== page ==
The science mostly refers to the deliberate and large-scale engineering and manipulation of the planetary environment to combat or counteract changes in atmospheric chemistry.  Geoengineering techniques are very controversial: while some climate scientists believe they may prove a quick and relatively cheap way to slow global warming, others fear that when conducted in the upper atmosphere, they could irrevocably alter rainfall patterns and interfere with the earth's climate.

According to Andrew Parker of UK’s Royal Society, the term geoengineering covers everything from mundane methods for increasing carbon storage in plants, soils and oceans to solar-radiation management (SRM) techniques — for example, creating haze in the stratosphere to act as a cheap layer of sunscreen.
Scientists say rising atmospheric concentration of greenhouse gases are the main causes of warming of the physical climate system.  “By removing greenhouse gases from the atmosphere it would be possible to reduce the speed at which the planet is warming,” Parker explains.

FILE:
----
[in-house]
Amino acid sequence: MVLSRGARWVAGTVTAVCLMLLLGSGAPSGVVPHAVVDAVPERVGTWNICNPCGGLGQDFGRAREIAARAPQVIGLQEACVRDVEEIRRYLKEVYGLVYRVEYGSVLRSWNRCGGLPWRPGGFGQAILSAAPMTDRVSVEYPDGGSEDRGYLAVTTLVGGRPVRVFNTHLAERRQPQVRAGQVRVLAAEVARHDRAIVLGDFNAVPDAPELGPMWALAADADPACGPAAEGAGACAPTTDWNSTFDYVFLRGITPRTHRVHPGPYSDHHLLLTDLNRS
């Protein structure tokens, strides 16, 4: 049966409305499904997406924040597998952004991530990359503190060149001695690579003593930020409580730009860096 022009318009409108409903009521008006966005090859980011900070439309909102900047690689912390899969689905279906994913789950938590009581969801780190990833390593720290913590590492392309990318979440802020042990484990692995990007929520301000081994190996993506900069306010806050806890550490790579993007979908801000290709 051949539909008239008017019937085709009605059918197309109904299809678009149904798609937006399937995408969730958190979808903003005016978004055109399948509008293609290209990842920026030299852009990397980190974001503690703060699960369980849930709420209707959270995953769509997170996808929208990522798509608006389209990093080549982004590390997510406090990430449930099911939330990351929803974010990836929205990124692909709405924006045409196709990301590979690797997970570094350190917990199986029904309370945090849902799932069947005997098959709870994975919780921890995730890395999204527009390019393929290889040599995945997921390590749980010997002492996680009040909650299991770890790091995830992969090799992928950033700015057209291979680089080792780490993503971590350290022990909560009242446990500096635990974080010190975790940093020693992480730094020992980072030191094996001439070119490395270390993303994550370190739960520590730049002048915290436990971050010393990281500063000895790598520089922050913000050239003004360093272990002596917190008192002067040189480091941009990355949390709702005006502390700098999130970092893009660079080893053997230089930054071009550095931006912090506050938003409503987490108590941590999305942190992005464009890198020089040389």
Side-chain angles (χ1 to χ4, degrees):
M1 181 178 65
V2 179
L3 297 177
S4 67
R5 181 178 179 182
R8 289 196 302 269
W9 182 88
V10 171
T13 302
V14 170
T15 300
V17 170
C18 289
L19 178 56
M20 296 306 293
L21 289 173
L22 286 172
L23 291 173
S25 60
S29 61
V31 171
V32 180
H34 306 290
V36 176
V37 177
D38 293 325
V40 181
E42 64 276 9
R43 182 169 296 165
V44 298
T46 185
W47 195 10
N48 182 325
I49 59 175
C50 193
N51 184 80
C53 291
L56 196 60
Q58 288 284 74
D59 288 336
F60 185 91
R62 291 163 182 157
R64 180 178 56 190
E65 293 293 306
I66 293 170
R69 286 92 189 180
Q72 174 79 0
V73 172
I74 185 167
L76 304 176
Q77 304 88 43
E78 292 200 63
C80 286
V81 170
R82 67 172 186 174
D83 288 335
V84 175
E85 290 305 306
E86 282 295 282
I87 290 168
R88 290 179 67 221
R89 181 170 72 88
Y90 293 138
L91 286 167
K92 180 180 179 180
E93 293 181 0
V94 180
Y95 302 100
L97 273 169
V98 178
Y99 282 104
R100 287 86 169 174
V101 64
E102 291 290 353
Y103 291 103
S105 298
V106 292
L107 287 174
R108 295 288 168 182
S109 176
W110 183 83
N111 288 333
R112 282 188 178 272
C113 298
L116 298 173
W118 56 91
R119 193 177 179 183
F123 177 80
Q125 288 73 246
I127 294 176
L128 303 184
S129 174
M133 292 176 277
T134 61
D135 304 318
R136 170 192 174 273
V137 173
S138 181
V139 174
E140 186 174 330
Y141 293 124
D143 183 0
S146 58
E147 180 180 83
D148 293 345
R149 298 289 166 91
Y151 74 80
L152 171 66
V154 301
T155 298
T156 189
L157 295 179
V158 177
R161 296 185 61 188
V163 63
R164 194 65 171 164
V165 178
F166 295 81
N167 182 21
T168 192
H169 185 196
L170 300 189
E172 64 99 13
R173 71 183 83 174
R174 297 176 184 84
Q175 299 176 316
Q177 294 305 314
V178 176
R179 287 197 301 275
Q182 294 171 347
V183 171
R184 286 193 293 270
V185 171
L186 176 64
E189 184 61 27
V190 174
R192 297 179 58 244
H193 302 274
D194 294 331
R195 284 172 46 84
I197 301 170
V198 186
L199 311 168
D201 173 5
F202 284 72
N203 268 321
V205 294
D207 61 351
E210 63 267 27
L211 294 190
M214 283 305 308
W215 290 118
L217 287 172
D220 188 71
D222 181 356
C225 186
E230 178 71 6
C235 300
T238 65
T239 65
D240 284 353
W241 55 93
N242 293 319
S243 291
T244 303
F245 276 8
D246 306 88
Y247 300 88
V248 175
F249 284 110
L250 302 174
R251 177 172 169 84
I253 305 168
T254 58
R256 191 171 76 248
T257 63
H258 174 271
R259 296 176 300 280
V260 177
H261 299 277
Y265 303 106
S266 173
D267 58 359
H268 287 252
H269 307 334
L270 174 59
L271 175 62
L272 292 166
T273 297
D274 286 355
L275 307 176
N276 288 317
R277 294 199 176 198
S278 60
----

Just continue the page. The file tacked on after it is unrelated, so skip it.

Speaking on the controversy over geoengineering, Ahmadou Lamine Ndiaye noted that objective assessment of the merits and demerits is necessary if any progress would be made on the subject.  “While we must not take the expressed fears about geoengineering for granted, it is important that fears do not lead to inaction.  Global warming is happening and happening fast irrespective of the global politics around it.  For us in the science community, what is required is a separation of the politics from the science,” said Ndiaye a former Senegalese minister who doubles as the president of AAS.